For the second time in 12 years, the U.S. economy and financial markets are facing an unexpected crisis of uncertain proportions.
While the 2008 financial crisis and the current coronavirus pandemic are very different in character, both have produced extraordinary volatility in financial markets.
Both downturns have also presented major challenges for financial advisors as they try to calm anxious clients and keep them from abandoning their financial plans.
How do the two situations compare and how are investors reacting to the uncertainty this time around? There are some notable differences, financial advisors said.
The first is the role of the banking system in the two crises.
In 2008, the banks were the source of the problem for financial markets.
The explosive growth of mortgage lending to subprime borrowers, fueled by a securitization process that inflated banks' profits and understated risks, produced a huge bubble in the housing market.
"With all the news about subprime debt, the derivatives and the mark-to-market [implications] of it all, people were overwhelmed," said Dan Moisand, certified financial planner and principal at Moisand Fitzgerald Tamayo.
Banks weren't the culprit in this latest downturn.
Federal Reserve chairman Jerome Powell recently suggested that the economy could contract by up to 30% during the second quarter – what's expected to be the biggest drop in quarterly GDP in U.S. history – because of community lockdowns across the country and voluntary business closures in an effort to combat the spread of the Covid-19 virus.
By way of comparison, the sharpest quarterly drop in economic activity during the financial crisis was an 8.4% decline in the fourth quarter of 2008.
Though banks are suffering from the economic decline, just like their consumers, the institutions are better equipped to withstand a crisis.
For instance, after the 2008 recession, the Dodd-Frank Act required banks to undergo stress testing and maintain heftier capital cushions.
"We have a much better regulated financial system now," said CFP Stacy Francis, president and CEO of Francis Financial. "The banks will be a big part of the solution to save the economy this time."
The second significant difference between the two crises is the more emphatic support the government has brought to bear on the situation.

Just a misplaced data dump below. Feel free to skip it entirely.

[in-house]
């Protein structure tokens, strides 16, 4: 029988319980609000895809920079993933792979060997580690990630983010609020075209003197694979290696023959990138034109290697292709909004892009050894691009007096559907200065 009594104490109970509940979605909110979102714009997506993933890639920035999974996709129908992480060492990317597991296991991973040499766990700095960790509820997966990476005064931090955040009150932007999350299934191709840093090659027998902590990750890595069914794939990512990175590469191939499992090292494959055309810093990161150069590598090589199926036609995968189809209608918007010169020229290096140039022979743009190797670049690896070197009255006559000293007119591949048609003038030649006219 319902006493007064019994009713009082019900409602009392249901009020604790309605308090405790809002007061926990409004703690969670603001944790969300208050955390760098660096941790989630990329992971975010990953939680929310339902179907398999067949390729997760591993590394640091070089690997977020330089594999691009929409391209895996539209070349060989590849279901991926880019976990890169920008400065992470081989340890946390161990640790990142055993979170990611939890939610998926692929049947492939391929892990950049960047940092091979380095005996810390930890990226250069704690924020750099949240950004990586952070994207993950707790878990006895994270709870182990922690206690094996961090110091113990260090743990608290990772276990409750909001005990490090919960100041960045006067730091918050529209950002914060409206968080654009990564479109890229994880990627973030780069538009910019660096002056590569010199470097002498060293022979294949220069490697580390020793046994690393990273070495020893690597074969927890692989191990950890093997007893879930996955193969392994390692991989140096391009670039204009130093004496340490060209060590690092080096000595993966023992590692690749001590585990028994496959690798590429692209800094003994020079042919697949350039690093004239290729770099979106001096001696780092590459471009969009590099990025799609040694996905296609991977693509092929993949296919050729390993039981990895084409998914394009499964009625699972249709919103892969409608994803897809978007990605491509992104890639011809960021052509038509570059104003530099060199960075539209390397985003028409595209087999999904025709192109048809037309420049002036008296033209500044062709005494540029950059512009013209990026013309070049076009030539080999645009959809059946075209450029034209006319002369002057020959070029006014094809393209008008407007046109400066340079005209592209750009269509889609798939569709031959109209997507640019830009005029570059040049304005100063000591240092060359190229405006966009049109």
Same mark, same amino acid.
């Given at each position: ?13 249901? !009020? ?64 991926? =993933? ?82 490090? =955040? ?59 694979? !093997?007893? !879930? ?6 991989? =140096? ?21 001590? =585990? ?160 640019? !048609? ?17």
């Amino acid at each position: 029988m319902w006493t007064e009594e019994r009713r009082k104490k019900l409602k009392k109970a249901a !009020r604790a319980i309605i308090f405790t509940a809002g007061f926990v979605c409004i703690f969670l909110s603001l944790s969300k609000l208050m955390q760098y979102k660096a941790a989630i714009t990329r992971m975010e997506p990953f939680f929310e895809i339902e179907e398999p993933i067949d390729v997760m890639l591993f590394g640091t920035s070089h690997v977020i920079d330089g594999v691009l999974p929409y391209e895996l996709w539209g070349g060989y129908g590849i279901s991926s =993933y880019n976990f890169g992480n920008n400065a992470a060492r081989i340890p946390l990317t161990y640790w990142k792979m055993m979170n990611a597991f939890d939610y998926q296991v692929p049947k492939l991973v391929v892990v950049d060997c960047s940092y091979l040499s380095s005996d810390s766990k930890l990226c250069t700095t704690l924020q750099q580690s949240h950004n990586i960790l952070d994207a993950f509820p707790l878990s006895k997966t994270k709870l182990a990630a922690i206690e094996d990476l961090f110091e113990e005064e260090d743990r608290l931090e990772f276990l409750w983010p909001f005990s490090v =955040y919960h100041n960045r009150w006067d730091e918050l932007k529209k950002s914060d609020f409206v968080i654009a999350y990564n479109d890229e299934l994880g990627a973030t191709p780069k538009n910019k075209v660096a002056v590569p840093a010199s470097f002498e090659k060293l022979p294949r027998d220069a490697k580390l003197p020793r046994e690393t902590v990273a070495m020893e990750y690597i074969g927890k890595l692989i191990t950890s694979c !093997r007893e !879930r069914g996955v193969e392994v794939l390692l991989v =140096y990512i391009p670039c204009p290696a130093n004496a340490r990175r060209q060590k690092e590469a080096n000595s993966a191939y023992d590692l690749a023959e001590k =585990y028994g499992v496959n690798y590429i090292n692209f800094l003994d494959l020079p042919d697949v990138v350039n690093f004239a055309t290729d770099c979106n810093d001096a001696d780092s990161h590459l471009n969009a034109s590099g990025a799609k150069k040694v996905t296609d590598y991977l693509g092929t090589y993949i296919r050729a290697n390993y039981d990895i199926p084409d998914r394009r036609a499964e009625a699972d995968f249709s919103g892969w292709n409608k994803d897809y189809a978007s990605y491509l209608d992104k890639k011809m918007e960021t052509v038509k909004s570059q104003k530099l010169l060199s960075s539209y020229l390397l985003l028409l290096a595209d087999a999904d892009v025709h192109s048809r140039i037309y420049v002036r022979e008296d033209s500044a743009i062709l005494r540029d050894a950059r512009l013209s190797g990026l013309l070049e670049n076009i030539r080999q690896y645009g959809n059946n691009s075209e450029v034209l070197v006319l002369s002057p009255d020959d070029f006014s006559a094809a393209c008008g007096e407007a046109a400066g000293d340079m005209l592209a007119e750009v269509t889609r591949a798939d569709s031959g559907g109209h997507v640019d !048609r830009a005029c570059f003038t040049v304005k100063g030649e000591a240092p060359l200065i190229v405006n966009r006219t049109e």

During the Great Recession, the federal government allowed Lehman Brothers, which had significant exposure to the troubled mortgage market, to collapse in September 2008.
The Treasury Department ultimately provided huge liquidity support to the financial system through the Troubled Asset Relief Program (TARP) that purchased a range of assets.
Meanwhile, the Bush and Obama administrations provided fiscal stimulus of $941 billion to the economy in the form of increased spending and tax cuts.
This time, the federal government moved quickly.
The Federal Reserve slashed the federal funds rate – the interest rate at which banks lend to each other overnight – to near zero. It's also kicking off a program to buy corporate bonds and the exchange traded funds that track them.
"The Fed and federal government showed up early and showed up big," said CFP David Yeske, founder of Yeske Buie, a registered investment advisor. "They had to throw money at the problem."
Lawmakers have also stepped up, passing a $2 trillion stimulus package in March. The measure distributed $1,200 in stimulus payments to individuals, and it offered aid to small businesses through the Paycheck Protection Program.
A second bill passed by the Democrat-controlled House last week, but opposed by many Republicans, would provide another $3 trillion in stimulus.
"We've never seen this level of stimulus before," Francis said. "It's the right thing to do but when you drink too much, you get a hangover. We'll have to deal with that in the future."
The Great Recession unfolded from 2007 to 2009. It took nearly 18 months for the major stock indexes to fall by 50% and reach their trough on March 9, 2009.
That long decline shook investors out of the stock market. Those who stood on the sidelines missed the 10-year rally that followed.
One benefit of this year's market volatility is that it happened so quickly that investors were largely in a state of shock.
The S&P 500 index fell by 34% between Feb. 19 and March 23 — the fastest fall into a bear market in history.
"This is a great example of why you can't try to time the market," Yeske said.
The uncertainty, however, hasn't shaken the essential principles that guide most advisors' in their practices.
"We build resiliency for our clients by diversifying among asset classes and building appropriate reserves. This doesn't change our financial planning approach," Yeske said. "We have an abiding faith that we will recover from this."